And Much Conferring Was Had
Yesterday’s post, which I’m quite pleased with, took a look at my experiences visiting Clark this week. What it didn’t take up, and what this post will, is the actual reason for my visit to the States this month; that is, it didn’t say anything about my attendance and presentation at the Midwest Political Science Association (MPSA)’s 71st annual conference.
As long-time readers of this blog will remember, I (along with three other Clarkies) presented last April at the National Association of Ethnic Studies (NAES)’s 40th annual conference in New Orleans. Now, New Orleans in the springtime is great. There just isn’t any getting around that. But I’m sitting in the lobby of the Palmer House Hilton in Chicago at the moment – it’s pictured below – and I’ve gotta tell you that it’s pretty darn nice. Granted, it’s snowing in Chicago, and it’s April, but as a loyal Illinoisan I’ll say that’s just the city calibrating expectations right so you really enjoy the summer.
So what am I doing here? Well, I’m presenting a paper I wrote last year entitled “Measuring Intensity in U.S. Senate Races: A Case Study of Massachusetts and Illinois, 2010.” (NB: Link is a .pdf file.) It’s a paper I wrote about a year ago for Clark’s Research Methods in Political Science class, and which took a pretty close look at a very specific question: Did Martha Coakley’s poor campaigning affect her electoral outcome more than Alexi Giannoulias’s poor campaigning did his? I won’t go into the hoary details here, because you can just read the paper if you’d like, but it was an interesting subject to take a quick look at.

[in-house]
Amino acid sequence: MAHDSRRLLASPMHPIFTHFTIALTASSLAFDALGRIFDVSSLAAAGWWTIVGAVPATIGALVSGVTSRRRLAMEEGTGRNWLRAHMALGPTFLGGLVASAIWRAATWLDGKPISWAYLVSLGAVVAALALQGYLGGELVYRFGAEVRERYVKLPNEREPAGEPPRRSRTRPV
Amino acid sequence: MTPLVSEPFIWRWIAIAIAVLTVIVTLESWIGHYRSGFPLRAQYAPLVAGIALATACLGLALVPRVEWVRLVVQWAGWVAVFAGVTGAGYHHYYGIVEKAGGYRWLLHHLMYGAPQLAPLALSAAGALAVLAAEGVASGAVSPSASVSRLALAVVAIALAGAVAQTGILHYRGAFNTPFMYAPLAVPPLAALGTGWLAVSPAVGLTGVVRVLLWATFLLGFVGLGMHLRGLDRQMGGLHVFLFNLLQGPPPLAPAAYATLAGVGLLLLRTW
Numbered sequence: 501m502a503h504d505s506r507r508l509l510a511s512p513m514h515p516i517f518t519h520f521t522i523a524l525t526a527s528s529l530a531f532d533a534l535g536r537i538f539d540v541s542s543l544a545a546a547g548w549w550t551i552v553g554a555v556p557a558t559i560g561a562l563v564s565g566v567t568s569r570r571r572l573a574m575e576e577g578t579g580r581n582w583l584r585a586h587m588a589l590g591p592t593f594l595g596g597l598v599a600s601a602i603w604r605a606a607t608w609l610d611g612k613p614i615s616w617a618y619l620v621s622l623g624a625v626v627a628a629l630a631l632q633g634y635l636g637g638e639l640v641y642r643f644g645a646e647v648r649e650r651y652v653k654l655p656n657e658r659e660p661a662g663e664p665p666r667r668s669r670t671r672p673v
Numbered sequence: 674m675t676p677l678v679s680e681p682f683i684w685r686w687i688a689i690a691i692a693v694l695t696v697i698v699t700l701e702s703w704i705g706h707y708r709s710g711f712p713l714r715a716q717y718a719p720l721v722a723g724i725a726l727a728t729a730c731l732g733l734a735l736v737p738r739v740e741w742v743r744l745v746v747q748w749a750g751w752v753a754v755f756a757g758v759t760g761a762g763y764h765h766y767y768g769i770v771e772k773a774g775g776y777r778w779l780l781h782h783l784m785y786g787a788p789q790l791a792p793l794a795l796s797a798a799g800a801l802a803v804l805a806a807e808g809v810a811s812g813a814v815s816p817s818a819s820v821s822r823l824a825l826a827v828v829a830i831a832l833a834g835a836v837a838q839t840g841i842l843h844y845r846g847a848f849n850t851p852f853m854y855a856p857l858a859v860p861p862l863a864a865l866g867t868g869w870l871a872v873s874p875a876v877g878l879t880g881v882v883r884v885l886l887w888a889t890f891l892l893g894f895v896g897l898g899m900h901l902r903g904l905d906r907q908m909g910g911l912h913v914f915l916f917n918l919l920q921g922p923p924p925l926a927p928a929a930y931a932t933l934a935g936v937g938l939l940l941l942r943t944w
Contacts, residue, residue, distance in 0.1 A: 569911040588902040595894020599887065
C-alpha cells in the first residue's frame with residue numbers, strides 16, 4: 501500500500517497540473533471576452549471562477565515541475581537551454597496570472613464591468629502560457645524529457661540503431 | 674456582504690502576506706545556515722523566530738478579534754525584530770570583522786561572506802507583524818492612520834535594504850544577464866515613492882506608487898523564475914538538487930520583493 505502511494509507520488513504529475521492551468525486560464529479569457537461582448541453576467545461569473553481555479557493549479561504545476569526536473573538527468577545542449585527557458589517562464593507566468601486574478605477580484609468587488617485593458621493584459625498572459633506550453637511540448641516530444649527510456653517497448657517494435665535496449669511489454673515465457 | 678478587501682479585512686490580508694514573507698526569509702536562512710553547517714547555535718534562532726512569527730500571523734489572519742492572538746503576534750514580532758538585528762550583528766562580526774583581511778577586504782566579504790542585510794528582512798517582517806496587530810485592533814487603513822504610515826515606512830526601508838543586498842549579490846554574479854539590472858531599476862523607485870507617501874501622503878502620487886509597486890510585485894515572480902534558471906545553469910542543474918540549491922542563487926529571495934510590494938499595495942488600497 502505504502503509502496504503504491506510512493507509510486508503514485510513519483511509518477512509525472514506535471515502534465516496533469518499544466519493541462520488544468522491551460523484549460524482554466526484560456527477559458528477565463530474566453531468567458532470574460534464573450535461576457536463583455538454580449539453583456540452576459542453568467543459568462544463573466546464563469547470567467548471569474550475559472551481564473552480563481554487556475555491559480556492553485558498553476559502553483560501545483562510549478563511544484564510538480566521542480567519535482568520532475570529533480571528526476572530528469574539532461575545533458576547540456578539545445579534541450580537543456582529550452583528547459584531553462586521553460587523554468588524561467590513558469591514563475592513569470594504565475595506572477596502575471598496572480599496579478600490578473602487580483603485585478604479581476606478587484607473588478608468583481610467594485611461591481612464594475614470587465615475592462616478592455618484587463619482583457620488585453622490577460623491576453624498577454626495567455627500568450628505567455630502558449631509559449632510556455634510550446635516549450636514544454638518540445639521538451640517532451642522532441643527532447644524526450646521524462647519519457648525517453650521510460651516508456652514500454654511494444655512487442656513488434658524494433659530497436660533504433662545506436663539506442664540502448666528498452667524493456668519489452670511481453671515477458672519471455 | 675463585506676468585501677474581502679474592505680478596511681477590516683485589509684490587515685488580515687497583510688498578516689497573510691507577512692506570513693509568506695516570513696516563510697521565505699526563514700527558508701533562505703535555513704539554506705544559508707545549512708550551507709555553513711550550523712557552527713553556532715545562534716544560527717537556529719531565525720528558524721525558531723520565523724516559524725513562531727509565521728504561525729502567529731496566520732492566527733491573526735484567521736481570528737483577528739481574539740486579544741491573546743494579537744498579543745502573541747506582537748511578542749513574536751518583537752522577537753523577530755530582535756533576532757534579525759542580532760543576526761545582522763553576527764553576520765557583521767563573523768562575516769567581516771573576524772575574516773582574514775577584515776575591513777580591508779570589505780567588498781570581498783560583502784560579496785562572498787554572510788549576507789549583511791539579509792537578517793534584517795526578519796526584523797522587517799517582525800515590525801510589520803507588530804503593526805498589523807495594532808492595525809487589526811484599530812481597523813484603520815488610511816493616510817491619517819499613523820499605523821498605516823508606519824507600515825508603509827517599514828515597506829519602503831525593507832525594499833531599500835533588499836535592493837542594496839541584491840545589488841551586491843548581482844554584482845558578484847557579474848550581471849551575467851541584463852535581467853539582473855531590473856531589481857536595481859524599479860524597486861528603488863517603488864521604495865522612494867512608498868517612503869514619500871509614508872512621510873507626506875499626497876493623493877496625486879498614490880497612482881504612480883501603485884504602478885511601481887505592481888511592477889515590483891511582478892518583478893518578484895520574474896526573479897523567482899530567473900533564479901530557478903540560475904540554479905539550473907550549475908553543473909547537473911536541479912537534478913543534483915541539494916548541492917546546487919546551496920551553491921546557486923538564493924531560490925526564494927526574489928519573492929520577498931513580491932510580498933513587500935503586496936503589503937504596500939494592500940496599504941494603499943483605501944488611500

More interesting, of course, is the conference itself. Like the NAES conference in New Orleans (my only other experience in this field), this one is filled with academics scrambling to meet their old students, colleagues, and professors, hear the latest research in their field, and land a book deal with a prestigious publisher. It’s a fascinating experience in that it gives you a good sense of both the granularity of much academic work and the truly broad scope that some work approaches. Also I met Nate Silver and Ezra Klein.
I’m very grateful to the Political Science department at Clark for funding my travel to the conference through both a Harrington Public Affairs Fellowship and the Irving ’32 and Edith Wilner Prize, which I won last fall for the paper I presented. My trip here really wouldn’t have happened without that support, and it means a lot.
That’s about all for this week, but stay tuned in coming weeks for lots of information about my travels to Florence, Rome and Edinburgh! Try not to feel too sorry for me along the way